Selling To Executives
You would think that every professional services firm on the planet would be well versed in consultative sales practices. And yet, I am sure you have had a recent experience with a potential supplier who spent the first forty minutes of a one hour initial meeting walking you through a set of slides detailing his or her background, capabilities, and so on. If you are lucky, the presenter started to ask you about your needs with the little time left at the end. On paper, this is a glaringly terrible practice. And yet, these meetings happen thousands of times every day.
The wonderful news is that the pervasiveness of bad sales behavior creates a golden opportunity for you. To become proficient at selling to executives, you need to adopt a few simple practices.
First identify the value
The days of most executives are filled with back-to-back constructive problem solving meetings where they are asked to make thoughtful, albeit rapid, decisions. When presenting to an executive, the best internal staff lay out the facts, discuss problems or opportunities, and bring forth potential solutions. Since this is the language that executives speak, you should be fluent when engaging them on your products and services.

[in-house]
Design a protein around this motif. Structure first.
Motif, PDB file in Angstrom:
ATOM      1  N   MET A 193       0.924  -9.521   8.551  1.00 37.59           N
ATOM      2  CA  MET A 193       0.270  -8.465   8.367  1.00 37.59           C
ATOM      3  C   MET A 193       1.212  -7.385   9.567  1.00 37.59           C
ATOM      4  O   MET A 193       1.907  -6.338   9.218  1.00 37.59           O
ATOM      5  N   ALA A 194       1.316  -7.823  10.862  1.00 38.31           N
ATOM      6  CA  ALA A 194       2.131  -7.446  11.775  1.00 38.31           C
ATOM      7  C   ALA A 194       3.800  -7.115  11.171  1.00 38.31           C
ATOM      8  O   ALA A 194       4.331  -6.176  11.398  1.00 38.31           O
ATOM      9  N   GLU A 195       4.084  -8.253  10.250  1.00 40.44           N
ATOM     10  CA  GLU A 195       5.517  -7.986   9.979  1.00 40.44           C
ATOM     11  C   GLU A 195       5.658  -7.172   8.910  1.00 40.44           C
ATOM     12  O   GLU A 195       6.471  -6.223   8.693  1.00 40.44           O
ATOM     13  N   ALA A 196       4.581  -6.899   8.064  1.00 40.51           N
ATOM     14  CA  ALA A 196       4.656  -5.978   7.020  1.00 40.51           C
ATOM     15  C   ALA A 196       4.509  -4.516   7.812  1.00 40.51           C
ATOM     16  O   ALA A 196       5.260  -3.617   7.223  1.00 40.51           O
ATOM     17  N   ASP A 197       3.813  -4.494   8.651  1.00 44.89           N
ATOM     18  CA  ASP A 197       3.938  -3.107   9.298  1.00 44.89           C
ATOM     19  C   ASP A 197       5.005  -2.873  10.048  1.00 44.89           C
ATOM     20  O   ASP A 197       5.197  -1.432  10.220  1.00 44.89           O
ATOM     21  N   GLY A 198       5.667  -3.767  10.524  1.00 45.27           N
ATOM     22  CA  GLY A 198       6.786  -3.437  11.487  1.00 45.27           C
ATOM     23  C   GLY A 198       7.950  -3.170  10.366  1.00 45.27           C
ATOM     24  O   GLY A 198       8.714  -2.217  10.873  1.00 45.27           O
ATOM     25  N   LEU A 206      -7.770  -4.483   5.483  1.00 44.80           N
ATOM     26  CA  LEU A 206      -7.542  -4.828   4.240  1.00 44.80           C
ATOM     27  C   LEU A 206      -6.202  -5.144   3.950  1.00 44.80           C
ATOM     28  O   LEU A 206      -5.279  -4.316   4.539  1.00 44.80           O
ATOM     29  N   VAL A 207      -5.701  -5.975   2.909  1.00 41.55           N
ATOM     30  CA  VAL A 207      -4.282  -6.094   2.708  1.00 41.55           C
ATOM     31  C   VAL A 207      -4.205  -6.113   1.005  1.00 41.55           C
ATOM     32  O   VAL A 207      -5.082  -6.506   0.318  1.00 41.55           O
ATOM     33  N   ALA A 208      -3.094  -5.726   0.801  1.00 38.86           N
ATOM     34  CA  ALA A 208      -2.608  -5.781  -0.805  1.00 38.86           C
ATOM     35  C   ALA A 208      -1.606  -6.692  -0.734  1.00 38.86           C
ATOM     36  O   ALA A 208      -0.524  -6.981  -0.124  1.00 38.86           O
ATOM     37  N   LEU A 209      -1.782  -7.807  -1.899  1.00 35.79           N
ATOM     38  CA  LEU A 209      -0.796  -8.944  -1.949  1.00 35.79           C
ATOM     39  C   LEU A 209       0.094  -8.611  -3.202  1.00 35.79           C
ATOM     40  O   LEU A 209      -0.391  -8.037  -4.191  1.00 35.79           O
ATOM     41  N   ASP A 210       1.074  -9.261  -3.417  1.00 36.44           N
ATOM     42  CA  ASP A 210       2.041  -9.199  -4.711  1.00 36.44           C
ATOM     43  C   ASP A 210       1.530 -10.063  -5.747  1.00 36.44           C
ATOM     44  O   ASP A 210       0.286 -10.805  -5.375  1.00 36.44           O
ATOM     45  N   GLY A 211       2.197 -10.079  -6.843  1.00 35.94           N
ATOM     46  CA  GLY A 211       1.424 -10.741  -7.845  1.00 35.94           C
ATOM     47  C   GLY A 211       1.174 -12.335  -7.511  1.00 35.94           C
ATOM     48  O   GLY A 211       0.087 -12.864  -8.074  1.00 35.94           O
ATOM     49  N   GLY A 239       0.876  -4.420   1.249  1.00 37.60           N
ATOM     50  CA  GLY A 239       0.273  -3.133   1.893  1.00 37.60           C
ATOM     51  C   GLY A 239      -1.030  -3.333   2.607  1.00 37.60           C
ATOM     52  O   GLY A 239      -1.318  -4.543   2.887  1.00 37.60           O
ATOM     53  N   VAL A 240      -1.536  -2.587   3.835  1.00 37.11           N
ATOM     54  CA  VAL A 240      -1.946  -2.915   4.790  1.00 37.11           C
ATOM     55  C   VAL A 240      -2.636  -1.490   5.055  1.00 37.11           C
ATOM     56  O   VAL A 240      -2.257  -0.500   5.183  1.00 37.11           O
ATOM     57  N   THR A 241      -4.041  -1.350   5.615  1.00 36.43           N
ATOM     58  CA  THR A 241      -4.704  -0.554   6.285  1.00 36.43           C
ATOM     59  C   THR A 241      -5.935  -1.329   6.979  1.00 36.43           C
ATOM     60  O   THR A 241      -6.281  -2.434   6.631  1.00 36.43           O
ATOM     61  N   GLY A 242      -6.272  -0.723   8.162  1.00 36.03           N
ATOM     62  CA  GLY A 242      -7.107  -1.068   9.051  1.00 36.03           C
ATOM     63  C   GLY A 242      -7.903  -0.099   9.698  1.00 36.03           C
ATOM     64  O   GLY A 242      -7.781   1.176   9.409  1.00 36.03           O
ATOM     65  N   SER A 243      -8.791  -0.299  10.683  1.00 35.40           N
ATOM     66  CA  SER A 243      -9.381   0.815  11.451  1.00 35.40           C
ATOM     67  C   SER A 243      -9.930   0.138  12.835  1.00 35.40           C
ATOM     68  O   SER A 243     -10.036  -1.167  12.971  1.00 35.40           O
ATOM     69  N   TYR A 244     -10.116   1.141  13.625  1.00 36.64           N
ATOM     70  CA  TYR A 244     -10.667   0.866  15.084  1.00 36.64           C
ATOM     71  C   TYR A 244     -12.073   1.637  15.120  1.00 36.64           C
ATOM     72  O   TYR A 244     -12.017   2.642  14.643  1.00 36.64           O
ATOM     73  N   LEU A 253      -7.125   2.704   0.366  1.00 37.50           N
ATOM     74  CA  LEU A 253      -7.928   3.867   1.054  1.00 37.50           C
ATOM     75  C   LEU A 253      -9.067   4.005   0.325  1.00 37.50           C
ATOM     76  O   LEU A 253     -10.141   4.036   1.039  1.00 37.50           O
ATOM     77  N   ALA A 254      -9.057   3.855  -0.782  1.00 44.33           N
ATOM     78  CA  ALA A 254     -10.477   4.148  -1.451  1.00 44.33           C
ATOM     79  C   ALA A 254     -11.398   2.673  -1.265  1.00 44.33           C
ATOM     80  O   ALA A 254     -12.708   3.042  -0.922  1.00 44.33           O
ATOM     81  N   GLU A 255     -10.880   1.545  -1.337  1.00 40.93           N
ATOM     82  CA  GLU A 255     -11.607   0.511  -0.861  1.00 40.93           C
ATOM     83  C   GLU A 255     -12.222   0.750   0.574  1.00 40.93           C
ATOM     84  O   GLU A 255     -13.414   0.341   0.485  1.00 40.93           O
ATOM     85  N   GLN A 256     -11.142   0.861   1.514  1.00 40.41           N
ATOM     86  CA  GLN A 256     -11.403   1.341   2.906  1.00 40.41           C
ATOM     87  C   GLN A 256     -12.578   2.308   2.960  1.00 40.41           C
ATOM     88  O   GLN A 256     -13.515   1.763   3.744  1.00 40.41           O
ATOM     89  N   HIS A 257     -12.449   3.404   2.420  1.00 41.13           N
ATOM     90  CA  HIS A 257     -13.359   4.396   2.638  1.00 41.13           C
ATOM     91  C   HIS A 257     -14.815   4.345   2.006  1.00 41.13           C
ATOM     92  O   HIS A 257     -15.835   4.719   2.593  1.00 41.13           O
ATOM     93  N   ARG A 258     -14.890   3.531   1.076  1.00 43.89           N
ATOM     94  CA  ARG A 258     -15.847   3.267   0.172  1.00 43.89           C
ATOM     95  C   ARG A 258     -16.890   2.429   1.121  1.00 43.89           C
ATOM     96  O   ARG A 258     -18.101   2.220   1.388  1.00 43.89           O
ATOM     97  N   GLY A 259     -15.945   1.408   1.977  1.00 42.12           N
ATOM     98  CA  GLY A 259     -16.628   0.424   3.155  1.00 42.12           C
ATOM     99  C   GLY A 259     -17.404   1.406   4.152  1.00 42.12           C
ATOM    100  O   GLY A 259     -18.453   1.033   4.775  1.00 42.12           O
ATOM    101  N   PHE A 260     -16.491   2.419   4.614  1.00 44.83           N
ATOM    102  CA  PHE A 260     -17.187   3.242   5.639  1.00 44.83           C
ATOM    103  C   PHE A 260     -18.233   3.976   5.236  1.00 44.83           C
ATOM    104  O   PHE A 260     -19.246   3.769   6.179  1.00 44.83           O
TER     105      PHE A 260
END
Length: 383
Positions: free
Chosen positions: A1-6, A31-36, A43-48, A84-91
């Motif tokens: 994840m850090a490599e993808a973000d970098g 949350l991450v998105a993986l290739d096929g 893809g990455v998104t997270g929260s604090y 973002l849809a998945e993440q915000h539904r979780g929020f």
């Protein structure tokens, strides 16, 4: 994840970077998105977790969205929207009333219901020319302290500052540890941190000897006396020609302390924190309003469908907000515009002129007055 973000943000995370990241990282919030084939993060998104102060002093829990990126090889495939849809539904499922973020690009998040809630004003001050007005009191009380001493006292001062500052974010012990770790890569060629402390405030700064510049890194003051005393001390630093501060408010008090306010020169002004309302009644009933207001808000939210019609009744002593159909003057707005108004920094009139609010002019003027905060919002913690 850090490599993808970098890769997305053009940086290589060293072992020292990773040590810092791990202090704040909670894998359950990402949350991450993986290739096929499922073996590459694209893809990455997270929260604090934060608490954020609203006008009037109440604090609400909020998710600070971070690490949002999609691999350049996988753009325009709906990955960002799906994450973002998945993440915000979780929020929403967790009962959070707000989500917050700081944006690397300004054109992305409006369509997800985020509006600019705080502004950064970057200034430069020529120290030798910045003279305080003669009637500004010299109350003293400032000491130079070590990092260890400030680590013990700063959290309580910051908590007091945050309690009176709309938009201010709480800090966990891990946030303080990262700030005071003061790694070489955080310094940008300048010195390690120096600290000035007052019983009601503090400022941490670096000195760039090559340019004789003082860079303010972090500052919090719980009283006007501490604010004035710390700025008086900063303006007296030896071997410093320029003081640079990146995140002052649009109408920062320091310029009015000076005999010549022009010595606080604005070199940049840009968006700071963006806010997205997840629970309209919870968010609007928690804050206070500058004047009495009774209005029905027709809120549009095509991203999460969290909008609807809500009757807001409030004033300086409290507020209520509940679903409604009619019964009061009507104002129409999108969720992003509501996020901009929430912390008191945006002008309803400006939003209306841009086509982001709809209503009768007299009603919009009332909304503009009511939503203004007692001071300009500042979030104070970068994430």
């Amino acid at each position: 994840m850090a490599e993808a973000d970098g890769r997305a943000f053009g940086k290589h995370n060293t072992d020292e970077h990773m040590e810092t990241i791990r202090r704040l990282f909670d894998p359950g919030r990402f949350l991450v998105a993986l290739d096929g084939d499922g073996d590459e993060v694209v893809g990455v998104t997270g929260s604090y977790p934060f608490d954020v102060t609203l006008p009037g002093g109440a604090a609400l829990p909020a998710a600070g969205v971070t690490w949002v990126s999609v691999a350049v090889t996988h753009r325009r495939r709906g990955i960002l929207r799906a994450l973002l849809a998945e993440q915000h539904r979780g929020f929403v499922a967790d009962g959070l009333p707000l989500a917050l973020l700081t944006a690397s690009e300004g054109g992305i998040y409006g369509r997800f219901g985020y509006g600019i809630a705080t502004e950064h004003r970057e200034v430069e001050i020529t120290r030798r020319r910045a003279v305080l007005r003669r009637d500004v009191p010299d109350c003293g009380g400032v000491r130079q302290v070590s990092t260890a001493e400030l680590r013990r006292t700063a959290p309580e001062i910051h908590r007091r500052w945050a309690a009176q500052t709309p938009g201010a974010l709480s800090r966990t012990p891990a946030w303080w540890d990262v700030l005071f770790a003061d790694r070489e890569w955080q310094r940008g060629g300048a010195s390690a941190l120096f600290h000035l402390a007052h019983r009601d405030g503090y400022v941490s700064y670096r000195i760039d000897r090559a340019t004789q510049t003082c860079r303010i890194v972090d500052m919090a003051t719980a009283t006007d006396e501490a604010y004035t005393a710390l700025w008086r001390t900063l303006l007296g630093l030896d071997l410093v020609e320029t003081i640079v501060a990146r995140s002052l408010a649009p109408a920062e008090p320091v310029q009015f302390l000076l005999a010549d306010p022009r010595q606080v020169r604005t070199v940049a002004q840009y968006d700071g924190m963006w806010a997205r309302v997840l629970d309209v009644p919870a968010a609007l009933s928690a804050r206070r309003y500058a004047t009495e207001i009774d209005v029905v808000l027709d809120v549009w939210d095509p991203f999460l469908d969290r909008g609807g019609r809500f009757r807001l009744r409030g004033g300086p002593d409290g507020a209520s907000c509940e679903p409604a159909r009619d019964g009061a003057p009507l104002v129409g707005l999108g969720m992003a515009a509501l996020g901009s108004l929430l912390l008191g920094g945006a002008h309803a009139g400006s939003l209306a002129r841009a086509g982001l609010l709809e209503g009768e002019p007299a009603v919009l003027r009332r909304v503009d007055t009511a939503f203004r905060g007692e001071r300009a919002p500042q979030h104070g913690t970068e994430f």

Selling the value means working with the executive to construct a forward looking plan that will deliver tangible results to their entire business. To do that, you need to ask questions, listen, and be diagnostic. By understanding your customers’ strategies and their critical problems, you become a consultative partner in the best position to link the unique benefits of your solutions to their needs.